In 1995, a Princeton-based mathematician showed up at a scientific conference and dropped a bombshell. He had succeeded in deciphering one of mathematics' great secrets, one that thousands had puzzled over for the last three-and-a-half centuries: he had proven Fermat's Last Theorem in a 200-page paper, one that took seven years to write (and another year to fine tune). Fermat's Last Theorem is the previously untold story of the people, the history, and the cultures that lie behind this scientific triumph.Written by a seventeenth-century French scholar, the deceptively simple-sounding theorem states that while the square of a whole number can be broken down into two other squares of whole numbers - for example, five squared (25) equals four squared (16) plus three squared (nine) - the same cannot be done with cubes or any higher powers. After Fermat's death, many spent lifetimes trying to prove the theorem.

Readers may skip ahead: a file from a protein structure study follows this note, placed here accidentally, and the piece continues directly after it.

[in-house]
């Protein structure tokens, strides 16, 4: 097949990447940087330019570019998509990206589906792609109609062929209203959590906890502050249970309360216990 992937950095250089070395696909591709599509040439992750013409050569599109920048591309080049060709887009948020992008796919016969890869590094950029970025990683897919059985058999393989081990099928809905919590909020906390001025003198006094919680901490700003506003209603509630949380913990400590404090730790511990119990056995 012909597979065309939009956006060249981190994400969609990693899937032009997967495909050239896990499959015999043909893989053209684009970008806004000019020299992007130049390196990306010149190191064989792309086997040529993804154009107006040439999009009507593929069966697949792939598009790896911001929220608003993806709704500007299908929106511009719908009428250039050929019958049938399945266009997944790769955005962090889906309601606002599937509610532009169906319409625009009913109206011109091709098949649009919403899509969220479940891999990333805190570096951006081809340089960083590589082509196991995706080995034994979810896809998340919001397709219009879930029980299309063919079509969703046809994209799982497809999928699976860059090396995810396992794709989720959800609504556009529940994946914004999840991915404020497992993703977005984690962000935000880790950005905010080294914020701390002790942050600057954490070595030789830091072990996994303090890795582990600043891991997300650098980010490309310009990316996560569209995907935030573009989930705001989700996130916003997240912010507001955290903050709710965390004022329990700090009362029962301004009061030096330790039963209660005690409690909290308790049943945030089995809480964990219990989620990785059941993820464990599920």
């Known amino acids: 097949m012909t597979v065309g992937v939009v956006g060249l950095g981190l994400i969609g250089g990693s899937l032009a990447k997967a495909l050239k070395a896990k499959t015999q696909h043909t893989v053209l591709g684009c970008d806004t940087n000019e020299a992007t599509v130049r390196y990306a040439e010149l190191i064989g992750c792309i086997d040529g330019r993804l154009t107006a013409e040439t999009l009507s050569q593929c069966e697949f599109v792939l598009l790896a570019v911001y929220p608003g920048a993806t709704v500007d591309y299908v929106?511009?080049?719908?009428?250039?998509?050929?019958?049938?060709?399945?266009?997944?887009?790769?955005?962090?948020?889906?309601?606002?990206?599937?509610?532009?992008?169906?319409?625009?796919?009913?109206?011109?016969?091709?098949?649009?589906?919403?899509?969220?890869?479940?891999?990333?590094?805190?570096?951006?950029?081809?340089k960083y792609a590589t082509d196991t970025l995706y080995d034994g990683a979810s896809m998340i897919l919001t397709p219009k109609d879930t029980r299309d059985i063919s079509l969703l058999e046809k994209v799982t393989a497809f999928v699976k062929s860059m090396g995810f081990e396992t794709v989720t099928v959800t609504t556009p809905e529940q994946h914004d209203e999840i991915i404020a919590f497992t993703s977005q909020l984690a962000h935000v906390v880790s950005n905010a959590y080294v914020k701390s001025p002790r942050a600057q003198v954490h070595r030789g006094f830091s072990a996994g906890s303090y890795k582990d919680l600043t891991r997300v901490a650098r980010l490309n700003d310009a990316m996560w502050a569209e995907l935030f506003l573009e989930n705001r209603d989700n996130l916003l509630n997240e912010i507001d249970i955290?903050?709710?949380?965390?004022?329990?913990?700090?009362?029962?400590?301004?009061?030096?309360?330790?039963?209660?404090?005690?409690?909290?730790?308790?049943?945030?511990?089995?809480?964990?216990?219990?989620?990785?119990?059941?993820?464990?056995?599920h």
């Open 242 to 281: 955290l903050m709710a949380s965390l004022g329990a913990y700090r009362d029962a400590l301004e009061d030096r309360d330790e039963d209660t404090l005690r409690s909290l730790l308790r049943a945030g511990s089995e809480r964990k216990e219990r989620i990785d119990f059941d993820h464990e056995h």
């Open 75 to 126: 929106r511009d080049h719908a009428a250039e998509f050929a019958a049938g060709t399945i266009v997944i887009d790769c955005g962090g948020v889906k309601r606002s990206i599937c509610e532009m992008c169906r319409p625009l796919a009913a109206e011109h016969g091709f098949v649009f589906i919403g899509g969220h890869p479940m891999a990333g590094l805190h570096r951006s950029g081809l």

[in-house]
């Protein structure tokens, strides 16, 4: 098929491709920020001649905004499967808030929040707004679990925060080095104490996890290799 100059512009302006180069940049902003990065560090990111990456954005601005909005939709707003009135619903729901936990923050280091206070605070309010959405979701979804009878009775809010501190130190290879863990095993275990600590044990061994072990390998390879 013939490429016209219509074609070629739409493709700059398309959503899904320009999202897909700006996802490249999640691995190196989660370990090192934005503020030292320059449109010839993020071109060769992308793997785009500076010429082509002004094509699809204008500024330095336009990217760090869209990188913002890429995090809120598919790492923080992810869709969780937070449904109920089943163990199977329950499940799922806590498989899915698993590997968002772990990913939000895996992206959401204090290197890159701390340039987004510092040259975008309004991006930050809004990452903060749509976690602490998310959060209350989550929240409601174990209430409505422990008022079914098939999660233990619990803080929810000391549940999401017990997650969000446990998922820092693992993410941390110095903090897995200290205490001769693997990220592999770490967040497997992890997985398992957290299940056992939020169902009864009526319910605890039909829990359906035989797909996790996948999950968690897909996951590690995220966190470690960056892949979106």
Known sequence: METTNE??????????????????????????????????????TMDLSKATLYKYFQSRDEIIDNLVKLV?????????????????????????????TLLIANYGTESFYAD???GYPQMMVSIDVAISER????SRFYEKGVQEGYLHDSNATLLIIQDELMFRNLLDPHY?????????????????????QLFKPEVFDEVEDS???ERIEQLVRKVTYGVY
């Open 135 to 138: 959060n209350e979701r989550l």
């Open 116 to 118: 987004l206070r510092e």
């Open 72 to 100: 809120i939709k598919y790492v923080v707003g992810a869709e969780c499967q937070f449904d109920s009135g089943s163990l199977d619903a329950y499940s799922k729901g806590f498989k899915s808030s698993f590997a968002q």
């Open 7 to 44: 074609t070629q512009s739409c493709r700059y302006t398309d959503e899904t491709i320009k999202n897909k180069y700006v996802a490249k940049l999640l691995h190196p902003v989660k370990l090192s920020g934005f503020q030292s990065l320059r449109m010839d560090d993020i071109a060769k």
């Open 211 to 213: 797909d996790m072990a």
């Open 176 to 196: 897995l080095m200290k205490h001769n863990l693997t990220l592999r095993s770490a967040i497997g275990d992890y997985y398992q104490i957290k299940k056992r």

The theorem has ancient roots. Around 2000 B.C., the Babylonians sought a way to break down a squared number into a sum of two squares. In the sixth century B.C., the Greek mathematician Pythagoras incorporated this concept into his own famous theorem, paving the way for Fermat.Centuries after Fermat, in 1955, two Japanese mathematicians made a far-reaching, almost fantastic conjecture about a possible relation between two disparate branches of mathematics. It was their work that enabled Princeton researcher Andrew Wiles, forty years later, to piece together the logic necessary to prove Fermat's Last Theorem.
Fermat's Last Theorem combines philosophy and hard science with investigative journalism to make for a real-life detective story of the intellect.